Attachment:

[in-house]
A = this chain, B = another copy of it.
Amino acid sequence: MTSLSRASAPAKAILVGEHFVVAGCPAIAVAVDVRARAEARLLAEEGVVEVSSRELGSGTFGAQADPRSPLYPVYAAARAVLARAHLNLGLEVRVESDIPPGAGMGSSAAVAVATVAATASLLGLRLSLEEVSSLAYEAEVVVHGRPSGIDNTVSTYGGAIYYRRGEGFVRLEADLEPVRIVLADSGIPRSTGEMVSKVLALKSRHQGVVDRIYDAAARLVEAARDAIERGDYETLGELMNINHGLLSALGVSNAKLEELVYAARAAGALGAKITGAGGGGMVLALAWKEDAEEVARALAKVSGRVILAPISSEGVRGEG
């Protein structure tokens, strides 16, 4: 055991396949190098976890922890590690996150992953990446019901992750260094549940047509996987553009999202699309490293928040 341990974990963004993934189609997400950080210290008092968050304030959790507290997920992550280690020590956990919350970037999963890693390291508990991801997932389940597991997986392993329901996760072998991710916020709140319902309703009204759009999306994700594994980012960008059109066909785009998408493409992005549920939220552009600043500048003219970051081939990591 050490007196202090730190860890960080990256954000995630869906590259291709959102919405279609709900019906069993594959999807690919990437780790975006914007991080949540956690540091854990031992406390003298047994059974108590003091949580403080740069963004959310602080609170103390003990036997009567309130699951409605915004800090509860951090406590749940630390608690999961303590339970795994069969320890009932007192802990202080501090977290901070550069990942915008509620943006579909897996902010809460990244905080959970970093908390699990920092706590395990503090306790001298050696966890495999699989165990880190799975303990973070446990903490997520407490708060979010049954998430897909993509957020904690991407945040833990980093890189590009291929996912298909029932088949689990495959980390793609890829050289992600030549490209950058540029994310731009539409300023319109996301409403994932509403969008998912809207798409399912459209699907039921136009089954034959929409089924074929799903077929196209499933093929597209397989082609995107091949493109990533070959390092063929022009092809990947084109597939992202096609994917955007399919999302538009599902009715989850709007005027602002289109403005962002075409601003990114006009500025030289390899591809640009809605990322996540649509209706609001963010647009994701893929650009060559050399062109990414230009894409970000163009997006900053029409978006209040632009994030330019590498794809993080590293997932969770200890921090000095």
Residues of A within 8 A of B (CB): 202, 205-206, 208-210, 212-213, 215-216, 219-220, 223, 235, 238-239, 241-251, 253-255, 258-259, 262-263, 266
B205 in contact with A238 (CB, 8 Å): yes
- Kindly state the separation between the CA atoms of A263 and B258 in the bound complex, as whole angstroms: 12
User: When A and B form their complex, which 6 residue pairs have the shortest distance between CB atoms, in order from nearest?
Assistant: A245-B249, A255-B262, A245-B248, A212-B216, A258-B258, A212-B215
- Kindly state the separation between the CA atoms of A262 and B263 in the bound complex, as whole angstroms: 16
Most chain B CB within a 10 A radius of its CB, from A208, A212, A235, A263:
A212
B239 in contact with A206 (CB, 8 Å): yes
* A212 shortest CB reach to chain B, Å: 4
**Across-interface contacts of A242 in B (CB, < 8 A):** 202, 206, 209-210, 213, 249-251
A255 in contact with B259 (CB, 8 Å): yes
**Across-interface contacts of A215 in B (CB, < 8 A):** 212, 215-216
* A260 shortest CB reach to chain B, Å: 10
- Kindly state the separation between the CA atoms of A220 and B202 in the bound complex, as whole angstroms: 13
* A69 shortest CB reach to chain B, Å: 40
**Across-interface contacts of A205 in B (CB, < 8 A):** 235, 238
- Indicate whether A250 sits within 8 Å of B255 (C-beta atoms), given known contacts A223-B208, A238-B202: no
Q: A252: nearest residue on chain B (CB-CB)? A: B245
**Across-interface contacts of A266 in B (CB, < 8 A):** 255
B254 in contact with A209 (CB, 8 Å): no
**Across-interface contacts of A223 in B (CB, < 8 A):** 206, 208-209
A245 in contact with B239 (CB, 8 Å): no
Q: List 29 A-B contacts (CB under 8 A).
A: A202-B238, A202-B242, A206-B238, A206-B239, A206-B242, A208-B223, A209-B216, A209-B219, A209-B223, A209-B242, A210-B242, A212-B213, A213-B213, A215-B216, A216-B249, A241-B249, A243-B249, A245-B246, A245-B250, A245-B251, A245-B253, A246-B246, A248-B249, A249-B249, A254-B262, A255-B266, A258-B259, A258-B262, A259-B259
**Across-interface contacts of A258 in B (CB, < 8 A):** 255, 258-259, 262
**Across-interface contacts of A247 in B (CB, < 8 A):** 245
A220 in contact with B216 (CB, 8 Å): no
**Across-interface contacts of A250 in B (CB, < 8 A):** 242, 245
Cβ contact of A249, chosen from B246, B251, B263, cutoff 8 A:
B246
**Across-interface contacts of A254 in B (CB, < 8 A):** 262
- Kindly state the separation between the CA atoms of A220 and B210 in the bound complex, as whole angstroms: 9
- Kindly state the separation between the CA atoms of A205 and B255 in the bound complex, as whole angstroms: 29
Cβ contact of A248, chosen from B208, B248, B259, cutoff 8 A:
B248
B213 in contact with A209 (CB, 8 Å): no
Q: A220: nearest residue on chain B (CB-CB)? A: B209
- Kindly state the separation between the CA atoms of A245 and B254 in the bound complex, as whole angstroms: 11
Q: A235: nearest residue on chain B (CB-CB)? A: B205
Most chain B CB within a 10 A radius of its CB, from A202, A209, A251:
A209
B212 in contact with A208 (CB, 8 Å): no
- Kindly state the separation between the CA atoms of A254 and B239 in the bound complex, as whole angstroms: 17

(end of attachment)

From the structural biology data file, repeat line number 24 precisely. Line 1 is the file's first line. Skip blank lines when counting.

**Across-interface contacts of A266 in B (CB, < 8 A):** 255